Thankfully, there are green shoots of progress. This year’s Global Slavery Index finds 36 countries are taking steps to investigate forced labour in business or public supply chains, up from just four countries in 2016. Of the 36 countries, 25 are taking steps on government procurement. And there is no reason why the figure can’t be higher.

The countries which collaborate beyond their own borders to adopt regional approaches to stamp out slavery will be rewarded with stronger societies, robust trade, and sustainable growth. Those that take steps to clean up labour issues at home will send the best possible signals to the investment world.

For investment destinations that are both accountable and attractive, there is almost no shortage of capital available. As more is learned about slavery, and how to measure it, investors will increasingly steer clear of opportunities that come with exposure to slavery risk. Business leaders are acutely aware of the attractiveness of certain investment destinations and often labour issues and other social problems are serious deterrents to new ventures.

In the short term, slavery may fill criminals’ pockets with illegal profits, but in the long-term, the national profits of a country that allows slavery to thrive will be dragged down. Economic empowerment is the key to long term growth and so it is no surprise that slavery, more than many other factors, cruels sustainable development.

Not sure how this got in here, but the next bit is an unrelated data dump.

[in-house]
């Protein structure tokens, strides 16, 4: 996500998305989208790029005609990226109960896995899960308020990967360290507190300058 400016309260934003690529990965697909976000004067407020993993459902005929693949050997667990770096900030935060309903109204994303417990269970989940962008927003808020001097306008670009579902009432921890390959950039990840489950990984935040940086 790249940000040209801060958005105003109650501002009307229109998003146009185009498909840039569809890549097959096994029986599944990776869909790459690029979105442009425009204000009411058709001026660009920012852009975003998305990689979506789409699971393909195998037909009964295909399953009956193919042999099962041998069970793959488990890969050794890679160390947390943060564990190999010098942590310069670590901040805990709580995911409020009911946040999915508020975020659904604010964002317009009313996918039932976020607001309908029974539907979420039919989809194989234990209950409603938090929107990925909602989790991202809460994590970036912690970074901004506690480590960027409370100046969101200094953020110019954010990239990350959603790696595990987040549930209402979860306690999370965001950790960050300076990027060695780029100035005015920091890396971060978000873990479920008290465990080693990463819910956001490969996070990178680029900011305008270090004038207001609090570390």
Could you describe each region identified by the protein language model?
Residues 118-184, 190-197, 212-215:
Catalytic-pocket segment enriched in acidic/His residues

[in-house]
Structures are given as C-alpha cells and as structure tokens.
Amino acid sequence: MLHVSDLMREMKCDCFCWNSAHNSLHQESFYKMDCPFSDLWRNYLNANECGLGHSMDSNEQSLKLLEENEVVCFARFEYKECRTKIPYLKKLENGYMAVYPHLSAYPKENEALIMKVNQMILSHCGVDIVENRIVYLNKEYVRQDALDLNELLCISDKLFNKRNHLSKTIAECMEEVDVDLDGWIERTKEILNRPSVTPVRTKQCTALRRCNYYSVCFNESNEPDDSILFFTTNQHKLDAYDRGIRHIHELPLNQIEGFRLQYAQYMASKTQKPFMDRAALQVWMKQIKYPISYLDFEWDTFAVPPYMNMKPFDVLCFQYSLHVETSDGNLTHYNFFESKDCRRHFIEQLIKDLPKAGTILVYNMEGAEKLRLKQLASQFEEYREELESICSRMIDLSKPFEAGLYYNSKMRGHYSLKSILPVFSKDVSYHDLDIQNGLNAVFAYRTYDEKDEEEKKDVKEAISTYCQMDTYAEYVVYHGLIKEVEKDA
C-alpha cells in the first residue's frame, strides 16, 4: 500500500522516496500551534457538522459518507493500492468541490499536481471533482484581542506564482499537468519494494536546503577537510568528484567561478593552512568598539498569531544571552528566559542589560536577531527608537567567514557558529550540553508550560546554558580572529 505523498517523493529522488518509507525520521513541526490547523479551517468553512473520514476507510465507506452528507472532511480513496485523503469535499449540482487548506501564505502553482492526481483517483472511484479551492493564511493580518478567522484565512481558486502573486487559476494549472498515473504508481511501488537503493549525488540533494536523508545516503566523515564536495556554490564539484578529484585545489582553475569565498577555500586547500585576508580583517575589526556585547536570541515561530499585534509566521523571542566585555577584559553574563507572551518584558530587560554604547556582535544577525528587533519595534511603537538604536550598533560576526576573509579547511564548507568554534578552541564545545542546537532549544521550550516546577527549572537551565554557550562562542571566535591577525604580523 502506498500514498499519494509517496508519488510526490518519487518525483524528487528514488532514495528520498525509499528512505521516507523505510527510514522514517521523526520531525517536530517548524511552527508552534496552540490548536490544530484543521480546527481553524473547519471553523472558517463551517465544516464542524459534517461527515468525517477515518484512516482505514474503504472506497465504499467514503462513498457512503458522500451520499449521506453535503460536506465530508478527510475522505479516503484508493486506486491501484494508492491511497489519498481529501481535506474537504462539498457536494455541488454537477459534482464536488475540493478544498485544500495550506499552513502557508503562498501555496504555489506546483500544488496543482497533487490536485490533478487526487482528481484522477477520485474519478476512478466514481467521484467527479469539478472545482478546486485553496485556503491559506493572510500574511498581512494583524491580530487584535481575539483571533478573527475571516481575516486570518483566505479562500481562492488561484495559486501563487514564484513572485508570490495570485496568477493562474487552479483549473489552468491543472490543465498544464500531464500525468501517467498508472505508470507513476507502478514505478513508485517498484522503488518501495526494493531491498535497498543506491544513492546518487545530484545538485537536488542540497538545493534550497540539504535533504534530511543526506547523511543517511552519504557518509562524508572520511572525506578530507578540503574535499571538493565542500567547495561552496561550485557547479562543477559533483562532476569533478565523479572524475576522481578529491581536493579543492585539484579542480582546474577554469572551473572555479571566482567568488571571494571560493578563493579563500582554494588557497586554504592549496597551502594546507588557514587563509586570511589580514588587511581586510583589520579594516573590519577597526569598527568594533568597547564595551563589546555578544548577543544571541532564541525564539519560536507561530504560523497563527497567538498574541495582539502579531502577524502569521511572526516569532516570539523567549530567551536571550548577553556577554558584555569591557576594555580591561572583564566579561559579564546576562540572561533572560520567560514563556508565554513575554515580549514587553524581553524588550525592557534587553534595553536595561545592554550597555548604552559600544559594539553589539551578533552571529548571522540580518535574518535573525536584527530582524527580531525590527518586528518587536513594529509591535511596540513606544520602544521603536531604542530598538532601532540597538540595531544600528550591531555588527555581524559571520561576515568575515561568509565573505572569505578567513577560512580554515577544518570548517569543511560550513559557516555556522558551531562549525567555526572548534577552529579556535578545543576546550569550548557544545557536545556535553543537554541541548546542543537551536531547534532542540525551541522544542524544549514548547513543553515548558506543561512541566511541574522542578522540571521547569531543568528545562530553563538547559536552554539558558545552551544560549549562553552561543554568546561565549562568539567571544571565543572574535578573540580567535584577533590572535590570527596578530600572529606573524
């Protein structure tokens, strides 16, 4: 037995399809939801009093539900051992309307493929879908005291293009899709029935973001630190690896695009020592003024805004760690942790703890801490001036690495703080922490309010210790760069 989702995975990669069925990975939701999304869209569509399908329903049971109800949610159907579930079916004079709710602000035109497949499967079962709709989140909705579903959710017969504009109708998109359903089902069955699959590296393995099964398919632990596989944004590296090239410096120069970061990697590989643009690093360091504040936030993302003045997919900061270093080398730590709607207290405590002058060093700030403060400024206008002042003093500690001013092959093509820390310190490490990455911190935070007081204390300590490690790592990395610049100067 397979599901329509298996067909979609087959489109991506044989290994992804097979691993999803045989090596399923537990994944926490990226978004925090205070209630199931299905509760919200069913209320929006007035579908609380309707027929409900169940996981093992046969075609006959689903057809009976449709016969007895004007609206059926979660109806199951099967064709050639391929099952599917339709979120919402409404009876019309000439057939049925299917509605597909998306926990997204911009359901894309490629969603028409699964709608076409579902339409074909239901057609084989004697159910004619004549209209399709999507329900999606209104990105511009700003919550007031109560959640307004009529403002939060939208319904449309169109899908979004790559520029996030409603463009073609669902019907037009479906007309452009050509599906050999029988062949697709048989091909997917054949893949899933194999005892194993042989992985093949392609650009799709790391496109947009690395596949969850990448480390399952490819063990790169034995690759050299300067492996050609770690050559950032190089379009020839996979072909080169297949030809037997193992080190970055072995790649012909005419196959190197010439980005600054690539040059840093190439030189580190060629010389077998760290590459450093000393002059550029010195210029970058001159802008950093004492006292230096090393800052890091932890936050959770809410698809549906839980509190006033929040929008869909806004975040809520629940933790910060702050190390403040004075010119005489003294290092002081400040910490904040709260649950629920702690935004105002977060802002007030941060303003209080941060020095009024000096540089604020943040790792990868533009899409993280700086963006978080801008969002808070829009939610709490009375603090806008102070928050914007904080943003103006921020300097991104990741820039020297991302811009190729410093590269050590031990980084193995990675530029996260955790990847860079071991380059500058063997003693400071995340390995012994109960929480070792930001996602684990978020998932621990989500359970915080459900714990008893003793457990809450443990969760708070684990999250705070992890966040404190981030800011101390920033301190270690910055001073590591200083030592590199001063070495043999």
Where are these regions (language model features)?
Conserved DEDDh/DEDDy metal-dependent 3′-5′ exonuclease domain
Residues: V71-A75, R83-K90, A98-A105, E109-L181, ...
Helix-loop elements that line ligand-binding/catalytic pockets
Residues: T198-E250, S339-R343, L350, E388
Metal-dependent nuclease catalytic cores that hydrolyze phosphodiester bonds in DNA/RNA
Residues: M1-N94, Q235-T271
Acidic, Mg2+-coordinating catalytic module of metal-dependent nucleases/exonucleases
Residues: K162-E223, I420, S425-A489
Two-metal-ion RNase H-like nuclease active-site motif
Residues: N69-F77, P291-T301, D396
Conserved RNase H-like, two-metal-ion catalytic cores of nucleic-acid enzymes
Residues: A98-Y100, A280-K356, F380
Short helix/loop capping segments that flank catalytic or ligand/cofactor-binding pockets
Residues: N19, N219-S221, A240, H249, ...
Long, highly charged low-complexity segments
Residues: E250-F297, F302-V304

As scrutiny increases down the long tail of multi-national companies’ supply chains, countries that continue to allow modern slavery within their borders are at ever increasing risk of tarnishing their reputation and losing out on trade.

But slavery is not just a problem for developing countries seeking investment.

The great challenge with modern slavery is that not only is it hidden within the depths of criminal networks that are trafficking people for exploitation, but modern slavery also occurs where mainstream industries meet informal economies.

Slavery exists in all corners of the planet and touches us all through trade and consumer choices.

Walk Free has engaged with the G20 process to ensure that the countries responsible for 80 per cent of the world’s economic activity take responsibility The decision of the G20 in Germany in 2017 to prioritise the issue of modern slavery and develop policy responses was a huge step forward. It is now time for each of those countries to act.